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NCJ Number: 207817 Add to Shopping cart Find in a Library
Title: Fifty-One Experiments in Combating Elder Abuse: A Survey of State Criminal Laws Relating to Elder Abuse and Mandatory Reporting
Author(s): Charles Hollis; Lon McDougal
Corporate Author: American Prosecutors Research Institute
United States of America
Date Published: 2003
Page Count: 71
Sponsoring Agency: American Prosecutors Research Institute
Alexandria, VA 22314
Bureau of Justice Assistance
Washington, DC 20531
Grant Number: 98-LS-VX-0002
Sale Source: American Prosecutors Research Institute
99 Canal Center. Plaza
Suite 510
Alexandria, VA 22314
United States of America
Document: PDF
Publisher: http://www.ndaa.org/ 
Type: Legislation/Policy Description
Format: Document
Language: English
Country: United States of America
Annotation: This report summarizes the criminal laws that U.S. States have enacted to protect their elderly and disabled adult populations from abuse.
Abstract: Thirty-two States have enacted statutes that specifically criminalize elder abuse, neglect, or exploitation. Twelve of these States have adopted a mixed strategy that also includes the enhancement of sanctions for other crimes when a senior or "vulnerable" adult is victimized. Six States and the District of Columbia provide only for the latter type of attention to elder abuse. Currently, 14 States define the protected elderly population as having a minimum age requirement, generally 60 or 65. Nineteen States define the protected population based upon the victim's having a diminished physical or mental capacity. At least 32 States criminalize emotional abuse in some manner. A majority of States have enacted specific financial-exploitation statutes or provided for penalty enhancements for victimizing older persons as part of general theft or fraud laws. Most States make elder abuse and neglect a felony, dependent on the severity of the victim's injury. Forty-six States have laws that place an affirmative duty on certain types of persons to report elder abuse and neglect. One table presented in this report identifies the protected population and prohibited conduct covered by each State's statutes. A second table lists mandatory-reporting statutes for elder abuse, neglect, and exploitation, identifying the mandatory reporters and whether failure to report is a criminal offense.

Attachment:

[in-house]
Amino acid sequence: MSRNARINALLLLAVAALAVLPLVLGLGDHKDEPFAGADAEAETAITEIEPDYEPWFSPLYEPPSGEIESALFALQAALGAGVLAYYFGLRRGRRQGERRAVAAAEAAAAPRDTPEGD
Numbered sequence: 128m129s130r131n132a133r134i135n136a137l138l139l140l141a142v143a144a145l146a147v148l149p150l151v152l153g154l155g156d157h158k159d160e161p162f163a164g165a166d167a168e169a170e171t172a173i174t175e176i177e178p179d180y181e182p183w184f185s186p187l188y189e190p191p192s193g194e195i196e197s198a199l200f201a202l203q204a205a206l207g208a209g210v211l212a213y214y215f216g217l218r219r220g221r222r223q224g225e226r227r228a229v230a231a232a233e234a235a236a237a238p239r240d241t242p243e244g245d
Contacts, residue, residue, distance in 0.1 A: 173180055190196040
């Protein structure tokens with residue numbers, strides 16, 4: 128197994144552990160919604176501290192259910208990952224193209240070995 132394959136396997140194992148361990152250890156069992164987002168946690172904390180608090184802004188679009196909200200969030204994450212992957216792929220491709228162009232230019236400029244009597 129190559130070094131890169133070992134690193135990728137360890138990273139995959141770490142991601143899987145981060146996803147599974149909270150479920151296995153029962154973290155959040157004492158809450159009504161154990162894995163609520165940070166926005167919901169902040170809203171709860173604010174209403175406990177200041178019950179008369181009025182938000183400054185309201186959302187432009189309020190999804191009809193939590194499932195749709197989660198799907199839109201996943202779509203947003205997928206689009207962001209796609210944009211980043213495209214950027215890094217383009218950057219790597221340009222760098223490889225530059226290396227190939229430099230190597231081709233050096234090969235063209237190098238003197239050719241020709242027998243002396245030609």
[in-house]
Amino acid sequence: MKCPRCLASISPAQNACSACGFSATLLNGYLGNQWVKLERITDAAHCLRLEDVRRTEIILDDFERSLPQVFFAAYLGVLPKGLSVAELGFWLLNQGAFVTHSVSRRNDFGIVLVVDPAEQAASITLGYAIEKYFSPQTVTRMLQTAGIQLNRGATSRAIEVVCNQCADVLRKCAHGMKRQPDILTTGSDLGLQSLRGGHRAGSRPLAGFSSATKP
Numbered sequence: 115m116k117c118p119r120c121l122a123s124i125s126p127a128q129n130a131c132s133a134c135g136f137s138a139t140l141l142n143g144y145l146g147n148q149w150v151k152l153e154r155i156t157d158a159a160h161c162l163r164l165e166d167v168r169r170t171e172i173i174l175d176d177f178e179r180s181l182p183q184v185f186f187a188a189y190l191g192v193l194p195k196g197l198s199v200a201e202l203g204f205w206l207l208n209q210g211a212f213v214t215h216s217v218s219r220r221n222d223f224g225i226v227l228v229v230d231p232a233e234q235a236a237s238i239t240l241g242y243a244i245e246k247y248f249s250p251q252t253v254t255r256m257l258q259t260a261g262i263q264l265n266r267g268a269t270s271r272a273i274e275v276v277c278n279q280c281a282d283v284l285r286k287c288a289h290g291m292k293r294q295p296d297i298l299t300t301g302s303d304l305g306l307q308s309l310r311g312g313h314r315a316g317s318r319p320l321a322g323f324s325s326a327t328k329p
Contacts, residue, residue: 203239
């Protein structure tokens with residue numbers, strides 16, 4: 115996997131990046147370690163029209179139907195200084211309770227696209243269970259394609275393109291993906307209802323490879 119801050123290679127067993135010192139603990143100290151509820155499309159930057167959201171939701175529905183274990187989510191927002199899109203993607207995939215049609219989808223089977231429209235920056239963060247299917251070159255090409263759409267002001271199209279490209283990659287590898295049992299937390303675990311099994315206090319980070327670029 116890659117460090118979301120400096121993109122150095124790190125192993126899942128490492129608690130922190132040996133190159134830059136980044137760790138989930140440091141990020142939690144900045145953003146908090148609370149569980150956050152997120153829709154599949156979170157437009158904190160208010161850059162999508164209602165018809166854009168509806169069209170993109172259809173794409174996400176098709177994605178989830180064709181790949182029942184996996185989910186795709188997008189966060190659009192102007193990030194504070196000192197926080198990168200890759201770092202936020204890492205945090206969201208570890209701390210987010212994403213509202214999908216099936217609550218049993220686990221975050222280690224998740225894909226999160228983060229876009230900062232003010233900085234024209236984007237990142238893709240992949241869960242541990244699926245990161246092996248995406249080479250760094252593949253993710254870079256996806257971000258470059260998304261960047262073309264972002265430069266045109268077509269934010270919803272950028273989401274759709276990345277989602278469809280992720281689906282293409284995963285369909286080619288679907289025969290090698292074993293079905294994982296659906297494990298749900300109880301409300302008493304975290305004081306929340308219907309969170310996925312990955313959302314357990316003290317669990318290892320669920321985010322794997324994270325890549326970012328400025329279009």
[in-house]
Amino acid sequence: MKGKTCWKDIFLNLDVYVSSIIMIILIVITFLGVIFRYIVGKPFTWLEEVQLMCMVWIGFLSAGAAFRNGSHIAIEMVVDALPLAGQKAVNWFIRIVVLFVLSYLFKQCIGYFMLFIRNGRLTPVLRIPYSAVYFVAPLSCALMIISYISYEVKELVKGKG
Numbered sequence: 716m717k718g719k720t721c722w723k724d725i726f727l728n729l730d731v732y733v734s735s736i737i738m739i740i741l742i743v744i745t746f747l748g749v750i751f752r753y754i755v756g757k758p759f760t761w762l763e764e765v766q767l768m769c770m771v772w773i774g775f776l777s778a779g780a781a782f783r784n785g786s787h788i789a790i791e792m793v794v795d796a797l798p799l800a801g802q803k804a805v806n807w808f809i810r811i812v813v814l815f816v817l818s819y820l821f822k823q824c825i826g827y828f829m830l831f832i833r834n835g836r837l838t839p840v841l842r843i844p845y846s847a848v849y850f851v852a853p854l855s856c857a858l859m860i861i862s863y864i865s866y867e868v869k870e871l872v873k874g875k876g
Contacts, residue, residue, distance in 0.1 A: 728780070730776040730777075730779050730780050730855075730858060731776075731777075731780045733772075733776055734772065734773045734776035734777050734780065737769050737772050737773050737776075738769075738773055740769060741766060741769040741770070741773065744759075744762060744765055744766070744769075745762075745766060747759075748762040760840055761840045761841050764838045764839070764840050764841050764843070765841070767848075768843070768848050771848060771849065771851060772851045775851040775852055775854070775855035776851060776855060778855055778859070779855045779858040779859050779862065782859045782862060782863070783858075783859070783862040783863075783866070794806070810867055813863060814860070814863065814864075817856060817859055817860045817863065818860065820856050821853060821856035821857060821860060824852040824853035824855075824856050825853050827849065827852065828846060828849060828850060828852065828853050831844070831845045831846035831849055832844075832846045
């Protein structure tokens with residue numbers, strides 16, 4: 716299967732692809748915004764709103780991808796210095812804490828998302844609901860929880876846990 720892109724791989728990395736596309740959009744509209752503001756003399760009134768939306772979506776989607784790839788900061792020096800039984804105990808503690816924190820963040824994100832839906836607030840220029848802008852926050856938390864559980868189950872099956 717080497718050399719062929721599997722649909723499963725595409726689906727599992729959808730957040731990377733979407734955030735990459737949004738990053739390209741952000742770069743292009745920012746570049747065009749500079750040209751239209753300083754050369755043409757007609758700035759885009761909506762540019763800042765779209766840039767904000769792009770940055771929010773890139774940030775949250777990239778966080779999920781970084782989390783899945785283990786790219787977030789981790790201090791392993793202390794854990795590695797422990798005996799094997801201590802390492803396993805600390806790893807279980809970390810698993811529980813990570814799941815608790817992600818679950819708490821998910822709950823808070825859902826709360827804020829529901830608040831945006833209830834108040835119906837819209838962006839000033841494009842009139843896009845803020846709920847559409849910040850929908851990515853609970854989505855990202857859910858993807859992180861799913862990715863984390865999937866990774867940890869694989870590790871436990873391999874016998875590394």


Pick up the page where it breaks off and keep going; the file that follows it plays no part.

Main Term(s): Elderly victims
Index Term(s): Crimes against the elderly; Elder Abuse; Elderly victim services; Mandatory crime reporting; State laws
To cite this abstract, use the following link:
http://www.ncjrs.gov/App/publications/abstract.aspx?ID=207817

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